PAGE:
English is the richest language with the largest vocabulary on earth. Each of our words is a symbol that represents an idea or object. Your ability to understand the meaning of the words others use and to select the right one(s) to communicate your ideas, information, and feelings is very important to effective learning.
To develop a thinker's vocabulary, you must become sensitive to words and develop strategies for unlocking the meanings of new words and a process for remembering the new words and their meanings.
Become An Active Reader
Did you ever fall asleep while playing tennis or when watching your favorite television show?
Probably not. How about when you're reading?
Probably so. What makes the difference?
If you are actively involved, physically and mentally, you stay interested and committed. When you become passive, you rapidly lose interest and drift away.
To learn from study/reading material, you must be an active, thinking participant in the process, not a passive bystander. Always preview the reading and make sure you have a specific purpose for each assignment. Read actively to fulfill your purpose and answer questions about the material. Keep involved by giving yourself frequent tests over what you've read.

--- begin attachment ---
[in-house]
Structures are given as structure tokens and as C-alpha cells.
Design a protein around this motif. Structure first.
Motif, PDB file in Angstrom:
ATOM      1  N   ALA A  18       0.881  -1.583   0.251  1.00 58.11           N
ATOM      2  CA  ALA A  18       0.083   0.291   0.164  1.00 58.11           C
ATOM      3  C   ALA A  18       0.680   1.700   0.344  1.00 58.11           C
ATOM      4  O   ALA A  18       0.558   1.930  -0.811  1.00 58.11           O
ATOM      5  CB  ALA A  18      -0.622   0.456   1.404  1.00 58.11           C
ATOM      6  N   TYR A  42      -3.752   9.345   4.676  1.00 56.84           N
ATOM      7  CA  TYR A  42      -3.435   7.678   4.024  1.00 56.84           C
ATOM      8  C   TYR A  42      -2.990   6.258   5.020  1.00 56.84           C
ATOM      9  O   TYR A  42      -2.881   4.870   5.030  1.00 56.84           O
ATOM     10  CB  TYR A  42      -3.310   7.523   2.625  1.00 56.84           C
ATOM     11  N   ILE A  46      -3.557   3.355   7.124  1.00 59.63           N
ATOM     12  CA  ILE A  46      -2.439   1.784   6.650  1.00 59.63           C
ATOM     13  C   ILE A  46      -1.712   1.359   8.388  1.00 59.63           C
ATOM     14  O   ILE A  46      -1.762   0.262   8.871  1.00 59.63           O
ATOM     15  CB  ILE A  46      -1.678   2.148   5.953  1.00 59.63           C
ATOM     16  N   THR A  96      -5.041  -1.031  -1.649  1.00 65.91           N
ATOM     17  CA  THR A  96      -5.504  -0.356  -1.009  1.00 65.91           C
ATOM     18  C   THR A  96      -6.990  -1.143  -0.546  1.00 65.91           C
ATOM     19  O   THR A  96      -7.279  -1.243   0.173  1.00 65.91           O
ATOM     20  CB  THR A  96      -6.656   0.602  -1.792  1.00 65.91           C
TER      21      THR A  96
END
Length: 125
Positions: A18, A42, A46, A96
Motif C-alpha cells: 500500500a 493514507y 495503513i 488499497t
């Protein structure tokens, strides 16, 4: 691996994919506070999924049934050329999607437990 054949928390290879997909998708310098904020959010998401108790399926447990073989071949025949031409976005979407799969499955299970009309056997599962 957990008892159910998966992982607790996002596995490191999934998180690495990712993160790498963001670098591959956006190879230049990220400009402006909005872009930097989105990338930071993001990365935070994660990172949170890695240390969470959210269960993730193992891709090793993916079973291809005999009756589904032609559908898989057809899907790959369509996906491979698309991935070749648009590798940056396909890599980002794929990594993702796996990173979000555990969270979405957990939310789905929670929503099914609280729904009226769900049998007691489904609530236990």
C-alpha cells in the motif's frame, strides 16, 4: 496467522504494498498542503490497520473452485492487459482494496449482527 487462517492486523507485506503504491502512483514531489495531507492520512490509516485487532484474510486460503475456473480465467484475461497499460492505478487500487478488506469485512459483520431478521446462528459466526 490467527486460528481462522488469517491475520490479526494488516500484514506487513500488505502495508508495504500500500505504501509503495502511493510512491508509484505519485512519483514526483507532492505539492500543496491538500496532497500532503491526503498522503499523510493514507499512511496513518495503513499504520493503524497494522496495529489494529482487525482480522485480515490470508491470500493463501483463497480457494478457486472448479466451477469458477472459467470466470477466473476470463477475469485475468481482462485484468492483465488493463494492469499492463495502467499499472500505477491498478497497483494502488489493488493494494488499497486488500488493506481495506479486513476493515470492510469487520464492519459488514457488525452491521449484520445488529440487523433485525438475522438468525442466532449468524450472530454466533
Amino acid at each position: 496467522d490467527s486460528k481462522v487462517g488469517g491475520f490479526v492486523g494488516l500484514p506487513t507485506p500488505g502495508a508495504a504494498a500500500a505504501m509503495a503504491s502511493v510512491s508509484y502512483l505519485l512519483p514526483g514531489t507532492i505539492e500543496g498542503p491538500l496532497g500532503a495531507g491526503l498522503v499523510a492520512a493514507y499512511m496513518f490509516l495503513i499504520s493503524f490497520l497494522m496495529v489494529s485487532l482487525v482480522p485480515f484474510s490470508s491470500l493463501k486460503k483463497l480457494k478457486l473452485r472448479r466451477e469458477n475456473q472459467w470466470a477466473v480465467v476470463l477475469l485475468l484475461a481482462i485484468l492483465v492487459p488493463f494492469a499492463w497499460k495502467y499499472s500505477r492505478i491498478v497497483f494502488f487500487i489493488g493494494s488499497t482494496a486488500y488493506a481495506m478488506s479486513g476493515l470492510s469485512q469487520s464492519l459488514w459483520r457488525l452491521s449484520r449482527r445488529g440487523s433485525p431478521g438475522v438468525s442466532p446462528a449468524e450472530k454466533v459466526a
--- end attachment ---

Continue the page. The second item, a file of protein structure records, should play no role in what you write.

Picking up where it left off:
Become An Active Writer
Writing that accurately expresses your ideas demands not only writing skill but focused attention, critical thinking and active involvement. Only if you become actively involved in the writing process will you be able to communicate your ideas clearly.
Your writing must have:
- a purpose,
- a controlling idea or thesis,
- organized development of your idea with major and minor supporting details, and
- a logical conclusion.
Build Listening & Note taking Skills
Accurately listening to a lecture and deciding what is important are two skills that must be mastered before you worry about how to write the information in your notes. Again, being an active rather than a passive participant is the key to your success.
Taking good notes demands that you :
- prepare for class,
- become an active listener,
- distinguish major from minor points,
- use a note-taking system,
- participate in class, and
- review often.
Know How To Study For & Take Exams
Exams are your way to show a professor how much you've learned. Preparing for exams will give you a better understanding of the material, lower your anxiety, and improve your scores.
Find out as much as you can about the exam, study and review the material over a period of time (use the night before as a final review not a cram session), pace yourself during the exam, and always go over your graded exam with your professor.
Master Every Course
You can't get something for nothing. You can, however, get nothing for something and that's exactly what you will get from any course if your only investment is money.
True education is not about cramming material into your brain. True education is the process of expanding your capabilities, of bringing yourself into the world.
Professors can merely set the stage for you to create learning through your own action.